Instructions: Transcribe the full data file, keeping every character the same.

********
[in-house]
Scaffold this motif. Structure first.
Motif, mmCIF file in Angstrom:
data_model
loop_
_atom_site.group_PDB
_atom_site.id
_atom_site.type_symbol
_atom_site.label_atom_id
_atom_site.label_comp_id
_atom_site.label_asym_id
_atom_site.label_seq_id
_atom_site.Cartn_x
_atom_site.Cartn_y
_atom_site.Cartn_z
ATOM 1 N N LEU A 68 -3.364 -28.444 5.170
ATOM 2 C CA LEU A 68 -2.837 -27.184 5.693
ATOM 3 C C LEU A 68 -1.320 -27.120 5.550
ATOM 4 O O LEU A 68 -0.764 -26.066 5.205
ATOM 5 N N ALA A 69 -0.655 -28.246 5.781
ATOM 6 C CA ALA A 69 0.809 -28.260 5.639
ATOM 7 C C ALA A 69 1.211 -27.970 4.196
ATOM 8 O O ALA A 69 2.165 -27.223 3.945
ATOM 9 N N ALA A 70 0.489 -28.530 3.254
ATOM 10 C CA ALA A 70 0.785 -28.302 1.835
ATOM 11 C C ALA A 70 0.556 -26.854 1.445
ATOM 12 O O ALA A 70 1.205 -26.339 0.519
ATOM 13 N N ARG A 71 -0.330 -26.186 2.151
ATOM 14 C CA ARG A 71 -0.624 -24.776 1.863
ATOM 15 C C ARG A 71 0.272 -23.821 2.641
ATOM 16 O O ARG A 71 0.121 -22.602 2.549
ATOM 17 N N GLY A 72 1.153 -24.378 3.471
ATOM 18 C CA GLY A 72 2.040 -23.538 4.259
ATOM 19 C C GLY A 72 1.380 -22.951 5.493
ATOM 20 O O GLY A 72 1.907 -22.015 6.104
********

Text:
[in-house]
Scaffold this motif. Structure first.
Motif, mmCIF file in Angstrom:
data_model
loop_
_atom_site.group_PDB
_atom_site.id
_atom_site.type_symbol
_atom_site.label_atom_id
_atom_site.label_comp_id
_atom_site.label_asym_id
_atom_site.label_seq_id
_atom_site.Cartn_x
_atom_site.Cartn_y
_atom_site.Cartn_z
ATOM 1 N N LEU A 68 -3.364 -28.444 5.170
ATOM 2 C CA LEU A 68 -2.837 -27.184 5.693
ATOM 3 C C LEU A 68 -1.320 -27.120 5.550
ATOM 4 O O LEU A 68 -0.764 -26.066 5.205
ATOM 5 N N ALA A 69 -0.655 -28.246 5.781
ATOM 6 C CA ALA A 69 0.809 -28.260 5.639
ATOM 7 C C ALA A 69 1.211 -27.970 4.196
ATOM 8 O O ALA A 69 2.165 -27.223 3.945
ATOM 9 N N ALA A 70 0.489 -28.530 3.254
ATOM 10 C CA ALA A 70 0.785 -28.302 1.835
ATOM 11 C C ALA A 70 0.556 -26.854 1.445
ATOM 12 O O ALA A 70 1.205 -26.339 0.519
ATOM 13 N N ARG A 71 -0.330 -26.186 2.151
ATOM 14 C CA ARG A 71 -0.624 -24.776 1.863
ATOM 15 C C ARG A 71 0.272 -23.821 2.641
ATOM 16 O O ARG A 71 0.121 -22.602 2.549
ATOM 17 N N GLY A 72 1.153 -24.378 3.471
ATOM 18 C CA GLY A 72 2.040 -23.538 4.259
ATOM 19 C C GLY A 72 1.380 -22.951 5.493
ATOM 20 O O GLY A 72 1.907 -22.015 6.104